Tuesday, April 19, 2011

Short Order

Are you ready for conch fritters on the James?

Posted By on Tue, Apr 19, 2011 at 4:00 AM

Three hundred neighbors showed up for gator bites the first night Conch Republic Rocketts opened. Now that the deck is open and furnished, the place is a new player on the view-with-a-brew circuit. - SCOTT ELMQUIST
  • Scott Elmquist
  • Three hundred neighbors showed up for gator bites the first night Conch Republic Rocketts opened. Now that the deck is open and furnished, the place is a new player on the view-with-a-brew circuit.

Key South

Best ways to arrive at Conch Republic Rocketts, now open on the James River at Rocketts Landing: by boat, moored in one of the adjacent slips, or by bicycle fresh off the Capital Trail. The deck-with-a-restaurant project of Key West-loving owner Bob Cox (Metro Grill, Curbside) doubles the number of dining options in that neighborhood. It's downriver from the Boathouse, aiming for a more casual crowd with a taste for sunsets and drinking.

Grits and grillades, coconut grouper, gator wraps, and naturally, conch fritters, are menu ballast, with nightly dinner and bar hours now, and by next month, lunch and brunch service. With a deck that holds 80 and an experienced operator doing his dream gig, expect this one to be a party scene. 226-6242.

Ejay Rin: Chefs Bill Foster and Andy Howell are partnering in a noodle shop coming to the former Lunch Porter-Savor space in Manchester's Corrugated Box Building by early July. The name, Ejay Rin, honors Foster's grandmother and also denotes power; the concept is modeled on New York City's hugely profitable Momofuku. Pork buns, noodles in broth with meats and vegetables, and other Asian dishes will get Foster's kitchen going; Howell is choosing beer and wine to enhance the flavors. They'll make some decorative changes in the mod space and put extra emphasis on outdoor dining. Expect immediate hotness.

Asian Galaxy: In a surprisingly complete redo of the former Planet Wings at 7048 Forest Hill Ave., this full-service restaurant sells sushi, Chinese, Thai and Japanese food for lunch and dinner daily. Wood walls accent a bar and casual dining room with televisions. An extensive menu, nearly all in the $10-$13 range, includes maki rolls, fried rice and noodles, teriyaki to bean curd and lo mein; the mango salad's a winner at $6.95. Lunch and dinner specials, desserts, friendly service and a quest to prove that independents beat chains. 323-8116.

The Roosevelt: Chef Lee Gregory (Six Burner) is the driving force behind a new Southern pub fare menu at this Church Hill project with co-owner Kendra Feather (Ipanema Cafe and Garnett's). The two have redesigned the former Que Pasa restaurant at 623 N. 25th St. "This restaurant will be a continuation of my interest in Southern food," Feather writes. "I'm very enamored with the Southern Foodways Alliance and with cooks like Edna Lewis. Lee is already a natural at this type of cuisine. Being a Carolina boy, he already knows Southern and low-country food by heart." Feather, who says she's "fallen madly for Eleanor Roosevelt," has been reading biographies and learning about the first lady's WPA food programs and other outreach. To reflect the public-house spirit, the Roosevelt will wear a '30s and '40s look with new chairs and lights, new paint and a good phone number: 300-3030. Watch for progress reports on Facebook and eventually at rooseveltrva.com. Expect a boatload of neighbors on opening night, delayed until July, when Feather hopes to "knock this one out of the ballpark for them. I want Church Hill to be proud to call us their neighborhood joint."

Zen Asian Bistro: In the Shoppes at Bellgrade, Zen Asian Bistro abruptly closed last week and informed customers that its owners are opening a new place, Sceneasia, at Hull Street and Courthouse Road in Midlothian later this month. A sign on the door says a new Chinese restaurant is coming to the former Zen space.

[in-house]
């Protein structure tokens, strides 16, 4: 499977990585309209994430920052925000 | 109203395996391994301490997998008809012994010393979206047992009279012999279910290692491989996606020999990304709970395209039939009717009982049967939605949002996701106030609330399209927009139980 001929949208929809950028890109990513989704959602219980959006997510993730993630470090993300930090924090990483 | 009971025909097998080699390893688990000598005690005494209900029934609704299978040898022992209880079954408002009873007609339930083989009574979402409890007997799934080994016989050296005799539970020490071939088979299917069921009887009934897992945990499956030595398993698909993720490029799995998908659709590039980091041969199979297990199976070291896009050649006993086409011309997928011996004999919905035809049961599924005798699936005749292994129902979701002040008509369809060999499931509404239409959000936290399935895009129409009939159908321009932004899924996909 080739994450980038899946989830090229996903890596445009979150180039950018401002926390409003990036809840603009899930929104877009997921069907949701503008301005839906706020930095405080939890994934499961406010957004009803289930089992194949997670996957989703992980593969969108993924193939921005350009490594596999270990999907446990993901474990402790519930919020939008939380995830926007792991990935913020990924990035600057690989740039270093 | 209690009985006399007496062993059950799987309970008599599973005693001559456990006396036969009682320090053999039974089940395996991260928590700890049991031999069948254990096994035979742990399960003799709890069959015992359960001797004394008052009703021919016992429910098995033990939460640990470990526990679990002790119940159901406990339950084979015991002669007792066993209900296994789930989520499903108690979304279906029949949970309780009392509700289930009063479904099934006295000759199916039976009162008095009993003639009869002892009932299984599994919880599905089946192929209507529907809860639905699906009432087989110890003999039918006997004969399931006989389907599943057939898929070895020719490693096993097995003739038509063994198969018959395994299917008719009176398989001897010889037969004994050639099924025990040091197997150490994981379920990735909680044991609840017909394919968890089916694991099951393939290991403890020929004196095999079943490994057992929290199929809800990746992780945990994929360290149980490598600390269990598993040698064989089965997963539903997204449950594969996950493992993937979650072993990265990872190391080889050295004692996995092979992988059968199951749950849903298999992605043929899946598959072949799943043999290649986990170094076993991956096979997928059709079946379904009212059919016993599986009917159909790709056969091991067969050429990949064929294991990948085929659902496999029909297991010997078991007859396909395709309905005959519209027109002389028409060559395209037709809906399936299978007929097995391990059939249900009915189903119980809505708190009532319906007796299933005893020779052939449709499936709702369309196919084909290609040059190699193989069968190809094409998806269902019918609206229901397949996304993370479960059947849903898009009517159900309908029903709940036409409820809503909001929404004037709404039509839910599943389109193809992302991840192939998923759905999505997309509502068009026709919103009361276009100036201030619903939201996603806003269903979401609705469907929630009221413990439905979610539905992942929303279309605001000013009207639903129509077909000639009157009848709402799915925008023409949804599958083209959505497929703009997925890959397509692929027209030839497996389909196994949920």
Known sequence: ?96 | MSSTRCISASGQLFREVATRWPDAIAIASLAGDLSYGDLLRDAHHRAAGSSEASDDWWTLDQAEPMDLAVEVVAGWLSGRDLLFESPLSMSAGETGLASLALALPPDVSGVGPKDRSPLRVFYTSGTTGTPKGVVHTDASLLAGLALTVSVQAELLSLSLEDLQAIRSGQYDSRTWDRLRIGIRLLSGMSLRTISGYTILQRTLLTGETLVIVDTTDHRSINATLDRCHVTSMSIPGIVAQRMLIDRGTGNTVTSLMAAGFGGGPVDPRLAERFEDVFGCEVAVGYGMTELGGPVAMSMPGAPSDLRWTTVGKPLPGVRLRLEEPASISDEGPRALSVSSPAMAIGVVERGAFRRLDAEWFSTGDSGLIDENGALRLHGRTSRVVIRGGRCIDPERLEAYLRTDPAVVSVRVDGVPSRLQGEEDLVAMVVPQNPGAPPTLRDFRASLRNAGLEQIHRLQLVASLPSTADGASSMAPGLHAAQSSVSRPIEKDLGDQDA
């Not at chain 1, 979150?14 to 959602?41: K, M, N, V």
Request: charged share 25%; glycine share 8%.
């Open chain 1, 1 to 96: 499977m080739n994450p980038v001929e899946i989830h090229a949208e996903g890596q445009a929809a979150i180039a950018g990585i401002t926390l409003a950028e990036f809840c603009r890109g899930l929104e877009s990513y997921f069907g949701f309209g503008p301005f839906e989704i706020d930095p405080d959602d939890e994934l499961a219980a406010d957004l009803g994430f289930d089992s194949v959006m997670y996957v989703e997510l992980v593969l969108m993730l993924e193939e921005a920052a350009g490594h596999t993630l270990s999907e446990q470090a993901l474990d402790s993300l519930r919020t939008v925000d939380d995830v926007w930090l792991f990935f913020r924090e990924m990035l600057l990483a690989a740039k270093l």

Closed: The Ugly Biscuit on Midlothian Turnpike.

Last toast: The Lunch Porter, previously known as Savor, the cafe that's about to transform into Ejay Rin at 201 W. Seventh St., holds its final wine dinners April 22 and 23. Both begin at 6:30 p.m., cost $45 per person, and offer five Indonesian courses from chef Ellie Basch, paired with wines chosen by sommelier Carol Colby. This celebration of three years in business is by reservation at 527-2867.

More RRW: Aline Reitzer and team Richmond Restaurant Week are doubling their efforts; a second week of this event (three-course dinner for $25.11, with $2.11 going to Feed More) comes to 30 top-rated restaurants April 25- May 1. Details at richmondrestaurantweek.com.

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Tuesday, April 12, 2011

Short Order

Tuffy Stone discusses "The Ultimate Barbecue Showdown".

Posted By on Tue, Apr 12, 2011 at 4:00 AM

Tuffy Stone didn't catch the Rams games but was close enough to send the smoky smells of Richmond barbecue their way at Reliant Stadium in Houston earlier this month. Stone makes an appearance on a different CBS competition show next month. - SCOTT ELMQUIST
  • Scott Elmquist
  • Tuffy Stone didn't catch the Rams games but was close enough to send the smoky smells of Richmond barbecue their way at Reliant Stadium in Houston earlier this month. Stone makes an appearance on a different CBS competition show next month.

Tuffy Stone might need an agent. The pit master of champion barbecue team Cool Smoke and owner of Q Barbeque and A Sharper Palate just finished an eight-day filming session for a program set to air on CBS next month. It's called "The Ultimate Barbecue Showdown," and puts Stone against Neil Strawder from Bigmista's Barbecue, Bubba Latimer of Bub-Ba-Q, and Myron Mixon of Jack's Old South. This follows last year's TLC channel pit master series, which helped drive up Stone's screen cred while his barbecue was winning awards on the highly competitive circuit.

Filming took place just outside Reliant Stadium in Houston during the Final Four basketball championship, although Stone didn't get to see the Virginia Commonwealth University Rams play. He can't disclose what he cooked or how he competed, but acknowledges, "They had to pat my cowlick down," before he faced the cameras. "Just let me light my fire and get some food on, that's what brings me peace," the accidental star says.

Now Serving

Marshall Street Café and Jazz Bistro Reopened Jackson Ward hideaway with salmon, pork chops, spring rolls, pasta, fish and desserts in vintage setting with bar. Networking happy hours, live music, dinner Tuesday-Saturday. Sunday jazz brunch by reservation only. 23 W. Marshall St. 269-3537. marshallstreetcafe.com.